Stress Corrosion Cracking is a subcategory of intergranular corrosion and is tough to get a hold on. Several factors contribute to SCC, and when this type of failure occurs in aluminum alloy, it happens without warning.
The destructive growth of cracking caused by SCC is made possible by two variables working together simultaneously: environment and tensile stress.
It’s important to note that the tensile stress applied to induce stress corrosion cracking is far less than its manufactured breaking point.
10. Uniform Attack
A uniform attack is considered the most general form of corrosion and spreads evenly over the entire surface of the metal when exposed to an imbalance of pH levels.
Because oxidation rates of this standard corrosive will progress over measurable time until metal failure, the lifespan of uniform attack corrosion can usually be accurately predicted.
Better yet, it can also be prevented!
What Causes Aluminum to Corrode?
Several factors lead aluminum to corrode, but in its most basic understanding, what causes aluminum to corrode is moisture, the alloying metals, and the contributing variables found in its immediate environment.
I’m not trying to be purposefully vague, but your answer requires more explanation. And I don’t know if the science behind it is what you’re looking for. However, after some time researching Ghali’s book, I’ve got the finer points for you to consider about what causes aluminum to corrode. It’s not a complete list, but you’ll learn all about the big-time influencers.
- pH levels outside the range of 4.0 through 9.0, along with other contributors like water temperature, will drastically change the corrosion resistance of aluminum by affecting the passive layer.
- Wet soil with imbalanced pH levels (containing acids and alkaline) will increase the rate of attack on metal.
- Seawater often leads to pitting. But the deeper the metal goes, the worse the crevice corrosion gets. However, the 5xxx series of wrought aluminum alloys tend to last longer than others.
- Depending on how the metal was treated can affect the type of corrosion that is capable of occurring.
- Certain alloys have better resistance to particular corrosion.
- Nickel can enhance pitting.
- Antimony adds higher resistance to salt water.
- Cadmium and chromium can increase the resistivity of some aluminum alloys.
- Lithium and copper can decrease the resistivity of some aluminum alloys.
- Water where aluminum experiences high flow rates lead to more chance of corrosion.
- Unlike well water and seawater, sterile solutions will positively affect the corrosion rate.
- Circulating water systems where chromates and phosphates are present inhibit any corrosive reaction.
- Chlorides, sulfides, and heavy metals cause pitting and other localized forms of corrosion.
- Corrosive staining is possible when water vapor is present in the atmosphere.
- The lack of oxygen dramatically limits the growth of corrosion.
How Long Does It Take for Aluminum to Corrode?
Sorry to say, but it depends.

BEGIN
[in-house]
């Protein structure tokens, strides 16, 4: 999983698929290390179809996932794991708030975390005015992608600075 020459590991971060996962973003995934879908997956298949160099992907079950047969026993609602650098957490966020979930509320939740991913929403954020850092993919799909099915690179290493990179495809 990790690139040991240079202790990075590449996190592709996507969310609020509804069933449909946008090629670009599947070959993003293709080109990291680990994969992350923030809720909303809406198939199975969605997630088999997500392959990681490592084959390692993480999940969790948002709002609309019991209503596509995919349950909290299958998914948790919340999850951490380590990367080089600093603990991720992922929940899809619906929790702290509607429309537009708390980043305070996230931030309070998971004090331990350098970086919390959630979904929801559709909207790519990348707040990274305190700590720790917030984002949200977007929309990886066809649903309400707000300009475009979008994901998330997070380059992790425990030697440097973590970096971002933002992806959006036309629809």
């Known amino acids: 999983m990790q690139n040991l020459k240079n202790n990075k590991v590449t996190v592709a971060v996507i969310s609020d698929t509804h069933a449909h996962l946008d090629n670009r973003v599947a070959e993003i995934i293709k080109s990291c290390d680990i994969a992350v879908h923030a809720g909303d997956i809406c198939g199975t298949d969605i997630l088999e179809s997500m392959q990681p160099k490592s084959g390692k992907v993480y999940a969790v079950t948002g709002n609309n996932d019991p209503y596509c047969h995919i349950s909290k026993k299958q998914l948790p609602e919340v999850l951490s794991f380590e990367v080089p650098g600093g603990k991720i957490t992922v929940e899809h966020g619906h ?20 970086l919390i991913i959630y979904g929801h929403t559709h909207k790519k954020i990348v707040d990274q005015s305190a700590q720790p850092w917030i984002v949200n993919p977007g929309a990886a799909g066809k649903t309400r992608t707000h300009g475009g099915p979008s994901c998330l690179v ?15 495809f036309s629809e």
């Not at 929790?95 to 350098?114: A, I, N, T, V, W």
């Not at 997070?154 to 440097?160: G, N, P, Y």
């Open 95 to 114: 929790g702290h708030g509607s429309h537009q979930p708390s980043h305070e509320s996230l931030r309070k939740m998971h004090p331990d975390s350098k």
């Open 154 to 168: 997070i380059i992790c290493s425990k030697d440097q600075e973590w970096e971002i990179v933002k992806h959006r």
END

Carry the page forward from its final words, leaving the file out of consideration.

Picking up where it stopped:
Aluminum could start to corrode in a few hours or a few years. It’s entirely dependent on the condition of the metal and its surroundings.
If the passive layer is intact and the metal sample is in reasonably good (non-corrosive) states, the aluminum’s integrity could still be strong in another 40 years. But, in that same scenario, except that the aluminum oxide has been scratched, degradation could take over in a matter of months. Even faster if moved to another location.
Another factor that could extend its fight against corrosion is whether or not you take steps to protect it.
How to Protect Aluminum From Oxidation?
The most popular method to protect aluminum from oxidation is to anodize it. There are other ways, but anodizing is as effective as they come.
Anodizing protects aluminum from oxidation by an electrochemical method of submerging aluminum in an electrolyte bath. By passing a current through the solution, the metal forms a strong aluminum oxide coat that’s resistant to corrosion, peeling, and flaking.
According to the UK’s Aluminum Federation, which represents their aluminum industry and businesses, four commercial use anodizing options exist.
- Sulphuric Acid Anodizing
- Integral Color Anodizing
- Chromic Acid Anodizing
- Hard Anodizing
How Long Does Anodized Aluminum Last?
If your aluminum is anodized, it can help it last upwards of 100 years with the proper care and coat thickness.
You see, the thicker the coat, the longer the anodized aluminum’s life. Eventually, the coating will thin and lose effectiveness due to the elements around it. But replacing the anodized coat is easy and provides a new lease on life for your aluminum.
A report written by an anodized aluminum label named Qualanod gives us actual data behind the expected timeline we might project. After comparing samples with varying thicknesses and in varying environments, Qualanod summarizes the findings as follows:
- The samples with the thinnest protective coat showed minimal loss over 17 years.
- The samples with the highest rate of thickness coating nearly doubled in thickness loss compared to the previous example in only 5 years. However, the location was known for high pollutants from steel manufacturing.
- Loss of thickness decreased over time.
Now 17 years is far from the 100 I stated. It may come down to safety guidelines or simply the change in environment, but a longer lifespan is possible. Our economy has been using anodized aluminum since the 1930s, and some buildings are still around with no signs of corrosion.